Tuesdays with Tony

Hay There!

As promised, last week I managed to get Dr. Lacher cornered for a moment to discuss hay at her farm.  I thought this would be easy since she gave me a one word answer, alfalfa, but it did get more complicated than I thought.

To start with, let’s talk about Dr. Lacher’s hay feeding program.  Dr. Lacher recommends basing your feeding program on your forage, not your grain.  It is always cheaper to go with higher quality hay than more grain.  So she evaluated the nutritional needs of her herd, and found that the majority of the horses were going to require a high protein and high nutritional value forage.   Next, she checked with local hay producers to determine the nutritional value of their hay.  Good hay farmers check the protein and nutritional values on their hays, and are happy to discuss their results with you.

In our area there are two primary hay types to choose from:  coastal and peanut.

Dr. Lacher determined that peanut was the answer to her horses’ nutritional needs.  Unfortunately, one of her horses breaks out in horrible diarrhea if he eats even one bite, so she prefers not to have any on her farm.  Peanut is a locally grown legume, unlike alfalfa, which prefers cooler temperatures than Florida has to offer.  Because it’s locally grown, shipping costs are dramatically lower for peanut, giving you equivalent hay for less money.  Legumes come with many added benefits.  These hays create a laxative effect on the GI tract and are a bit salty.  Together, this helps reduce the incidence of colic.  Legumes are also a pretty darn balanced diet for horses.   Dr. Lacher told me that she rarely sees colics in horses who are fed peanut or alfalfa.  The few she has seen were on too little roughage for the weight of the horse (the right answer there is 10-12 pounds per horse per day or 1-1.5% of body weight).  Three of Dr. Lacher’s horses maintain on nothing but alfalfa and 1 pound of ration balancer per day, including a 4 year old and a pregnant broodmare.  This works because legumes are high enough in protein to meet the nutritional demands of a variety of horses.

Coastal is the major type of hay grown in this area.  Coastal is a grass hay, and is usually lower in protein than legumes.  There are several different types, with Tifton 85 usually being the best for horses.  Coastal is a great hay for horses with a low caloric demand.  It provides the GI tract with something to work on (very important for horses), gives your horse’s mind something to work on, and provides some nutrition.  Coastal has one big problem:  ileal impactions.  This is a type of colic almost exclusively seen in horses eating coastal with no other type of roughage.  Coastal remains the best choice for most horses, along with a few add-ons to reduce this risk.  Adding a few pounds of alfalfa or peanut hay, or 3-4 cups of soaked beet pulp twice daily will help keep your horse’s GI tract moving.  If your horse is a very easy keeper, this combination along with a small amount of a ration balancer, such as Purina’s Enrich 32 or Seminole’s Equalizer, will be all you need to feed.  Remember to check with your hay producer to determine the nutritional value of your hay.  We have some amazing farmers in this area growing coastal with protein and a nutritional profile surprisingly close to peanut hay.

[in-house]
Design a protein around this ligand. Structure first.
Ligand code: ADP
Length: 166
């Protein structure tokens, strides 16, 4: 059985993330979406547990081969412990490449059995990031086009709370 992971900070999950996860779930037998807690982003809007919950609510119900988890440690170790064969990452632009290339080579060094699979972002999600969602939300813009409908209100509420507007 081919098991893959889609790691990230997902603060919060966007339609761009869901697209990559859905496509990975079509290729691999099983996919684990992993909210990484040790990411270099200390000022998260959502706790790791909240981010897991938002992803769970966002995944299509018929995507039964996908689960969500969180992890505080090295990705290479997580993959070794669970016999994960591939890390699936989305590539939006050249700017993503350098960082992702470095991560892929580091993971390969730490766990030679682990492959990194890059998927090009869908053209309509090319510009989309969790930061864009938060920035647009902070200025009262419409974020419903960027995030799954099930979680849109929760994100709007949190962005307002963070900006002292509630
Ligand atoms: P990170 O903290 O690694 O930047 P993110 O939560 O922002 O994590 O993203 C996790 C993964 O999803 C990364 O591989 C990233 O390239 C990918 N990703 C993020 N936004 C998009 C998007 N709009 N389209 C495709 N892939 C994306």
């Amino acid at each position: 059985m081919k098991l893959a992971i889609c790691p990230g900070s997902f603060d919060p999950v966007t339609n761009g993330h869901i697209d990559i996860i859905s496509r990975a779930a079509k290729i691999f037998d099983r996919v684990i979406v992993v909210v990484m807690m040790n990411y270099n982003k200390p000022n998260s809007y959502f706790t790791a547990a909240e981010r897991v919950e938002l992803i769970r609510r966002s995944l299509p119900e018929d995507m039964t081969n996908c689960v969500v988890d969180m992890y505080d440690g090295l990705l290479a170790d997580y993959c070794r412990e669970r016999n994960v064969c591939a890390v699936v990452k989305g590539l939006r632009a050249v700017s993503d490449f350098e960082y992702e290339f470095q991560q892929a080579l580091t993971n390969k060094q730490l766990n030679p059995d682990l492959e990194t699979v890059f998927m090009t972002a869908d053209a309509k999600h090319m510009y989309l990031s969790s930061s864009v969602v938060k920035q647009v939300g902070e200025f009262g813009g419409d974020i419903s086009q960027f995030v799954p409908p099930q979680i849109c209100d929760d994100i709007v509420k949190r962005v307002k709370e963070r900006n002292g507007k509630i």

Somewhere between these two choices are the mixed grass hays.  The most common one is T & A (or Timothy and Alfalfa) but other versions are Orchard Grass and Alfalfa (O & A), and even coastal and alfalfa.  These hays are an excellent choice for the horse who colics on coastal hay, or needs more nutrition than coastal but less than legumes.

Dr. Lacher finished our discussion on hay by reminding me that with summer coming, the number one roughage our horses will consume will be pasture.  Your pasture can be a significant source of nutrition if it is fertilized and maintained.  She wanted me to make sure everyone knew that the seed heads are very high in protein, fat, and calories.  This is important to remember if you have an insulin resistant or laminitic horse!

Dr. Lacher also said that Beth, our Certafied Nutrition Expert, will be happy to evaluate your horse, farm, and lifestyle and formulate the ideal feeding program.

And most importantly I hope that your food bowl is always full, and your litter box clean.

Tony

 

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